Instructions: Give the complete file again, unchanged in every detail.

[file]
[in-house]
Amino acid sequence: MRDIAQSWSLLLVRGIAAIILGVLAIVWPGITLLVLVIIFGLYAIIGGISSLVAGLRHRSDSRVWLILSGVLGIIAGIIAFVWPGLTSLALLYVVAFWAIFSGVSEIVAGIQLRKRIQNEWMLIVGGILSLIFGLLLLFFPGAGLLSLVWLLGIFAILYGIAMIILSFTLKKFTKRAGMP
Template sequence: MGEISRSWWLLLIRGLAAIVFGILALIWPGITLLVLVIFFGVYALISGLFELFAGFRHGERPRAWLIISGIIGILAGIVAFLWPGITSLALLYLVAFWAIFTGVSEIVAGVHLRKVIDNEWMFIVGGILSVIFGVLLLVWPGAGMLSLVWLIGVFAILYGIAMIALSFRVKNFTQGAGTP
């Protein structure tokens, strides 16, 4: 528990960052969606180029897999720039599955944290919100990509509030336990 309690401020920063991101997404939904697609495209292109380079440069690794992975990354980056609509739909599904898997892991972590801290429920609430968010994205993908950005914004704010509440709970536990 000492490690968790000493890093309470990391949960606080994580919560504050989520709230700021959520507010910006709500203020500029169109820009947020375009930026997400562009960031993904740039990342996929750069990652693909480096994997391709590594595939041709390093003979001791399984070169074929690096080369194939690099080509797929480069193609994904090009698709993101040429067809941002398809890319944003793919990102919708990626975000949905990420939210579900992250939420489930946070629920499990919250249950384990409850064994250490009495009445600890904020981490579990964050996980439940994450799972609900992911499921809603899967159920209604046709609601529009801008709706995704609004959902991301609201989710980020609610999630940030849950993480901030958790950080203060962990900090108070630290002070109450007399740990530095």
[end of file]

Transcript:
[in-house]
Amino acid sequence: MRDIAQSWSLLLVRGIAAIILGVLAIVWPGITLLVLVIIFGLYAIIGGISSLVAGLRHRSDSRVWLILSGVLGIIAGIIAFVWPGLTSLALLYVVAFWAIFSGVSEIVAGIQLRKRIQNEWMLIVGGILSLIFGLLLLFFPGAGLLSLVWLLGIFAILYGIAMIILSFTLKKFTKRAGMP
Template sequence: MGEISRSWWLLLIRGLAAIVFGILALIWPGITLLVLVIFFGVYALISGLFELFAGFRHGERPRAWLIISGIIGILAGIVAFLWPGITSLALLYLVAFWAIFTGVSEIVAGVHLRKVIDNEWMFIVGGILSVIFGVLLLVWPGAGMLSLVWLIGVFAILYGIAMIALSFRVKNFTQGAGTP
């Protein structure tokens, strides 16, 4: 528990960052969606180029897999720039599955944290919100990509509030336990 309690401020920063991101997404939904697609495209292109380079440069690794992975990354980056609509739909599904898997892991972590801290429920609430968010994205993908950005914004704010509440709970536990 000492490690968790000493890093309470990391949960606080994580919560504050989520709230700021959520507010910006709500203020500029169109820009947020375009930026997400562009960031993904740039990342996929750069990652693909480096994997391709590594595939041709390093003979001791399984070169074929690096080369194939690099080509797929480069193609994904090009698709993101040429067809941002398809890319944003793919990102919708990626975000949905990420939210579900992250939420489930946070629920499990919250249950384990409850064994250490009495009445600890904020981490579990964050996980439940994450799972609900992911499921809603899967159920209604046709609601529009801008709706995704609004959902991301609201989710980020609610999630940030849950993480901030958790950080203060962990900090108070630290002070109450007399740990530095």